Catching enzymes in the act of making an antibiotic

Artist’s view of the thioesterase domain of Vlm2TE with trapped valinomycin in its active site
Adding new chemistry to enzyme active sites enables stable trapping of otherwise labile intermediates: Artist’s view of the thioesterase domain of Vlm2TE with trapped valinomycin in its active site

Enzymes are proteins that accelerate the conversion of substrate molecules into product molecules. Many enzymes accelerate reactions through formation of chemical bonds to their substrates, but the complexes formed this way are difficult to characterise, as they are intrinsically short-lived. In a new study, researchers from Jason Chin’s group in the LMB’s PNAC Division have developed an approach to capture a class of these enzyme-substrate complexes, known as an ‘acyl-enzyme intermediates’, that many important enzymes use to accelerate reactions.  They then collaborated with Martin Schmeing’s group at McGill University and Christopher Boddy’s group at the University of Ottawa to apply the new approach to capture and characterise several key acyl-enzyme intermediates in the synthesis of valinomycin, a compound with antibiotic and anti-tumour properties. The new work provides insight into how valinomycin is made.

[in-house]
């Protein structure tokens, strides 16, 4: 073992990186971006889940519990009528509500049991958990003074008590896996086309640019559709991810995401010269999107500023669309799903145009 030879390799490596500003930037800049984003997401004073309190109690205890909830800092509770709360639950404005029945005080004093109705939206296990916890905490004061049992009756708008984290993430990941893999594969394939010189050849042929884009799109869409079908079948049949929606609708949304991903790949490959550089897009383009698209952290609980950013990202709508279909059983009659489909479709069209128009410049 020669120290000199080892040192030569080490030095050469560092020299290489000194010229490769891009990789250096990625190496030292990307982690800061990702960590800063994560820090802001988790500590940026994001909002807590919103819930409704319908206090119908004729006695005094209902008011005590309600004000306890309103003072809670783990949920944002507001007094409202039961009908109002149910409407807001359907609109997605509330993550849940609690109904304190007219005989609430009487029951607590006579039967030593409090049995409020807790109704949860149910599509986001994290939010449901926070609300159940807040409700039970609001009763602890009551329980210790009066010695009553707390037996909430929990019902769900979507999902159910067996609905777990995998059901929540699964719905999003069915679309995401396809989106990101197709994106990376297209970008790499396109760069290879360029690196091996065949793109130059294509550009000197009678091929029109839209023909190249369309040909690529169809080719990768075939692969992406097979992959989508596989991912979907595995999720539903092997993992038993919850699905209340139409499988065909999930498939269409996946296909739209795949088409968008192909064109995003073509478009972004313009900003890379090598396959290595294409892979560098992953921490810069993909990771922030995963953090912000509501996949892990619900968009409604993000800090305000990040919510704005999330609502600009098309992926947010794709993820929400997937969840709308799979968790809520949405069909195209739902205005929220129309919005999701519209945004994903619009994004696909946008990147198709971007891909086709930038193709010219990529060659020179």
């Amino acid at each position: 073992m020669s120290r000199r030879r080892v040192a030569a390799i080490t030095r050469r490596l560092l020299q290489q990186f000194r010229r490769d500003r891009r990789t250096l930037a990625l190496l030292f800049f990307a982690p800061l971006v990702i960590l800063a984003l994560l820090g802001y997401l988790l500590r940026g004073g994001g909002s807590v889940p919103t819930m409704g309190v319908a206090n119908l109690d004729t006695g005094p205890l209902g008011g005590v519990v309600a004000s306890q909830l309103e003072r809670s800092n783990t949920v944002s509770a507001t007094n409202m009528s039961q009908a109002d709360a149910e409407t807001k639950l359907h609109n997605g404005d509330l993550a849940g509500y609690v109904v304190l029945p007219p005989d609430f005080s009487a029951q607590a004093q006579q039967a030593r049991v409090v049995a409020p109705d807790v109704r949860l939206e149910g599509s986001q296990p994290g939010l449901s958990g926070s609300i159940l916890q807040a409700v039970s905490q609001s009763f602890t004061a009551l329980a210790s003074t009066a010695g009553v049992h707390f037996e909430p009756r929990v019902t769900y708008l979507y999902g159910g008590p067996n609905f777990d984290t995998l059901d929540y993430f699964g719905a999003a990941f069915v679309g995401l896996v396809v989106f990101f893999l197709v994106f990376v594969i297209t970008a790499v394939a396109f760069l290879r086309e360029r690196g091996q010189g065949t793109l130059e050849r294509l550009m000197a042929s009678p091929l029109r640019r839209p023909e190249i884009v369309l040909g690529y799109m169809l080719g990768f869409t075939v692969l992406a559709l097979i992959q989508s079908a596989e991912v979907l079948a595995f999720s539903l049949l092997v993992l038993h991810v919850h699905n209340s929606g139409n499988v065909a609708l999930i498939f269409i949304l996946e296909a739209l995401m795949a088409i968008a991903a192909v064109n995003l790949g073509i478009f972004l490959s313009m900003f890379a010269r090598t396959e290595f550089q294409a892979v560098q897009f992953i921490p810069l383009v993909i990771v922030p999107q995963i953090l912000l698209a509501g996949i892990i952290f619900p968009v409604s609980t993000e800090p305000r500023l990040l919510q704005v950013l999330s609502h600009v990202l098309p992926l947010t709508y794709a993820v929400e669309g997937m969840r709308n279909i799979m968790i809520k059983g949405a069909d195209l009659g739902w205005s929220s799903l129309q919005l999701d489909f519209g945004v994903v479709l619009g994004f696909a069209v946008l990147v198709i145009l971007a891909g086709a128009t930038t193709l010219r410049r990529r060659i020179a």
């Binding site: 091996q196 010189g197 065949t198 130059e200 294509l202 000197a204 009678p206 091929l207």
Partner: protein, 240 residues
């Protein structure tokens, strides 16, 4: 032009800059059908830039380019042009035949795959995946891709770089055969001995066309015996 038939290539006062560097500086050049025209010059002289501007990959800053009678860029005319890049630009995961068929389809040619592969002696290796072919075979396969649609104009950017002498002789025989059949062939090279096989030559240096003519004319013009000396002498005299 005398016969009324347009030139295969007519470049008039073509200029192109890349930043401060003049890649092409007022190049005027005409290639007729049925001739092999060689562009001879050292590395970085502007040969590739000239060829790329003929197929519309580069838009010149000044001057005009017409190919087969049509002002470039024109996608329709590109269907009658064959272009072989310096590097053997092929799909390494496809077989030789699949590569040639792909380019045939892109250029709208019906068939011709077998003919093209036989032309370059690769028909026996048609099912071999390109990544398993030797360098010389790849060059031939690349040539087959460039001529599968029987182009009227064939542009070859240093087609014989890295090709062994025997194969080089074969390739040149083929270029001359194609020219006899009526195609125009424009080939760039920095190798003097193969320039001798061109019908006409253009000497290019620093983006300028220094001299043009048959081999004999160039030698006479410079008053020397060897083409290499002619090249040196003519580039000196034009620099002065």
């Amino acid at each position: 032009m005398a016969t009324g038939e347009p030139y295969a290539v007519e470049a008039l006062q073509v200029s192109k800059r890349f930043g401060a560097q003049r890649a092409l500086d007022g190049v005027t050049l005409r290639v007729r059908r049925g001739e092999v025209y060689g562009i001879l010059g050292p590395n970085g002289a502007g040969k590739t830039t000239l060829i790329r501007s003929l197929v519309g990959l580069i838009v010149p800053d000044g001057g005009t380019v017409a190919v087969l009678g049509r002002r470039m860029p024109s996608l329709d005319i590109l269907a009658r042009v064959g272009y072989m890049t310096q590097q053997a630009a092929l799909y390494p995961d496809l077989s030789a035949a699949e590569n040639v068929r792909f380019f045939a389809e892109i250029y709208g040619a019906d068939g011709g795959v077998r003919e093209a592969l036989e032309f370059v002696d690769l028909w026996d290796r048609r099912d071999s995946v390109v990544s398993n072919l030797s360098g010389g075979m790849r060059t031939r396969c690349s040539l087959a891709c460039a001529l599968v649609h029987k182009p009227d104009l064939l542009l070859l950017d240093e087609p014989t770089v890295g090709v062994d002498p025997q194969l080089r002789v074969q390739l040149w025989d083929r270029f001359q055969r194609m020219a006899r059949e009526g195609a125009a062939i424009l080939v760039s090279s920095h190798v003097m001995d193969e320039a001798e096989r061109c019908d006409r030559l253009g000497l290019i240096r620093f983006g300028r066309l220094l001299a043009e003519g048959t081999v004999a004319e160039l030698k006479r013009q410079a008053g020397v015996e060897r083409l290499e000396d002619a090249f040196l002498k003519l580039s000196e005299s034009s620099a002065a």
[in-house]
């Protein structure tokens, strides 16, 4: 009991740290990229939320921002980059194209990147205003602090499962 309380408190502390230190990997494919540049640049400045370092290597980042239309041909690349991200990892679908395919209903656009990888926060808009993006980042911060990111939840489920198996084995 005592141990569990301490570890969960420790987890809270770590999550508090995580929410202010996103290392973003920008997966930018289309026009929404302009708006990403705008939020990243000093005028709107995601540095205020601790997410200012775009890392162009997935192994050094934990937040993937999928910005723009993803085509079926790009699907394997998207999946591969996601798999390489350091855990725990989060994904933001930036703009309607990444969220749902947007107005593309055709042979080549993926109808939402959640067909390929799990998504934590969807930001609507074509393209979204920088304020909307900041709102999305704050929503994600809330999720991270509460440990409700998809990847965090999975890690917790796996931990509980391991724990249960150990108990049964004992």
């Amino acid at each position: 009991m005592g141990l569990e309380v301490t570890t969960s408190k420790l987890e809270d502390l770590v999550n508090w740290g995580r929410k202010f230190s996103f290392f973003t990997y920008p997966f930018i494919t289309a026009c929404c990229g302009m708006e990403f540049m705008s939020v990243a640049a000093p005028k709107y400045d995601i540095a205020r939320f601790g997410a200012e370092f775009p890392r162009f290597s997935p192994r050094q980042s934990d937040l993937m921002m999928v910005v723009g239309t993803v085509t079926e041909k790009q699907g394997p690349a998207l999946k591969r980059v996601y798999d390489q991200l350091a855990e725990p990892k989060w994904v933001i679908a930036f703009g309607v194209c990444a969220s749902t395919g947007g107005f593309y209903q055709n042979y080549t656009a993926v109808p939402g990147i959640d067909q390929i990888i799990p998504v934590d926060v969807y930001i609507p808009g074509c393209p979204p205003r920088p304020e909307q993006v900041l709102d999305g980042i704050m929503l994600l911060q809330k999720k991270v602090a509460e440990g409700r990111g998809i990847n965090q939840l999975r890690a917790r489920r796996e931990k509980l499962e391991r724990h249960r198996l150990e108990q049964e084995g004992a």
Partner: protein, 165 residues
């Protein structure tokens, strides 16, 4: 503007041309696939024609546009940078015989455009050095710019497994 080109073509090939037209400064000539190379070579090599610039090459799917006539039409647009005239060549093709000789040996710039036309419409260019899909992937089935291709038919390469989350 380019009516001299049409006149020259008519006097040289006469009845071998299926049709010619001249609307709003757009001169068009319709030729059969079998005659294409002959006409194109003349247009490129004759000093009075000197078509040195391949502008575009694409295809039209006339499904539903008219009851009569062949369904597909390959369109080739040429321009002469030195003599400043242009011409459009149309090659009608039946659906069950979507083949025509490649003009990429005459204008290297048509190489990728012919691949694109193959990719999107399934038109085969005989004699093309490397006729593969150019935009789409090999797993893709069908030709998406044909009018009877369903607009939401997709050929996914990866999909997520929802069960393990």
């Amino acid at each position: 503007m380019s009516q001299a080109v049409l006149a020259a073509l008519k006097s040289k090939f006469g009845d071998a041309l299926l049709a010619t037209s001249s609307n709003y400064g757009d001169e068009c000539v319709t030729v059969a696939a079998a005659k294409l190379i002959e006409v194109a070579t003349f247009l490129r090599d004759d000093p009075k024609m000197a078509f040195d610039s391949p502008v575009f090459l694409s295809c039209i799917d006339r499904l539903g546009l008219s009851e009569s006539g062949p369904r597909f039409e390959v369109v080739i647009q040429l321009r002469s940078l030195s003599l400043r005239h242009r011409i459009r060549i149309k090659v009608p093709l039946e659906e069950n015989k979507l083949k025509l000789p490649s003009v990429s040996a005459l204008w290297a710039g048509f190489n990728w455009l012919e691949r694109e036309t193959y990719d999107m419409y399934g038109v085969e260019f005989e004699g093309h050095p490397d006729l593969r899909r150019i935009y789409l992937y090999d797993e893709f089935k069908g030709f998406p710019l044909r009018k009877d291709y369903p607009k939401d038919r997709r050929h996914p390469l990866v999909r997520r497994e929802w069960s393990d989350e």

Acyl-enzyme intermediates are formed by the chemical reaction of particular amino acids in the active site of the enzyme with substrate molecules. By replacing the specific amino acids in the enzyme with a new non-canonical amino acid that forms chemical bonds with substrates that last many years, Nicolas Huguenin-Dezot, a researcher in Jason’s lab, was able to form very stable acyl-enzyme complexes using a model enzyme-substrate system.  Diego Alonzo, a researcher in Martin Schmeing’s group at McGill University, and Nicolas then used the new approach to capture acyl-enzyme intermediates in valinomycin biosynthesis and solve the 3D structures of these intermediates using X-ray crystallography.

The incorporation of the new amino acid into enzymes, for capturing acyl-enzyme intermediates, was facilitated by genetic code expansion approaches pioneered in Jason’s lab.  This approach promises to provide new insight into the acyl intermediates formed by other important enzymes. The specific insights into valinomycin biosynthesis provided by this work might suggest strategies for the creation of new bioactive compounds, antibiotics and drugs.

The work was funded by the MRC, the Canada Research Chairs Program, and the Natural Sciences and Engineering Research Council of Canada.

Further references:

Paper in Nature
Jason Chin’s group page
Martin Schmeing’s group page
Christopher Boddy’s group page
Nature News and Views: Enzymes engineered to trap reaction intermediates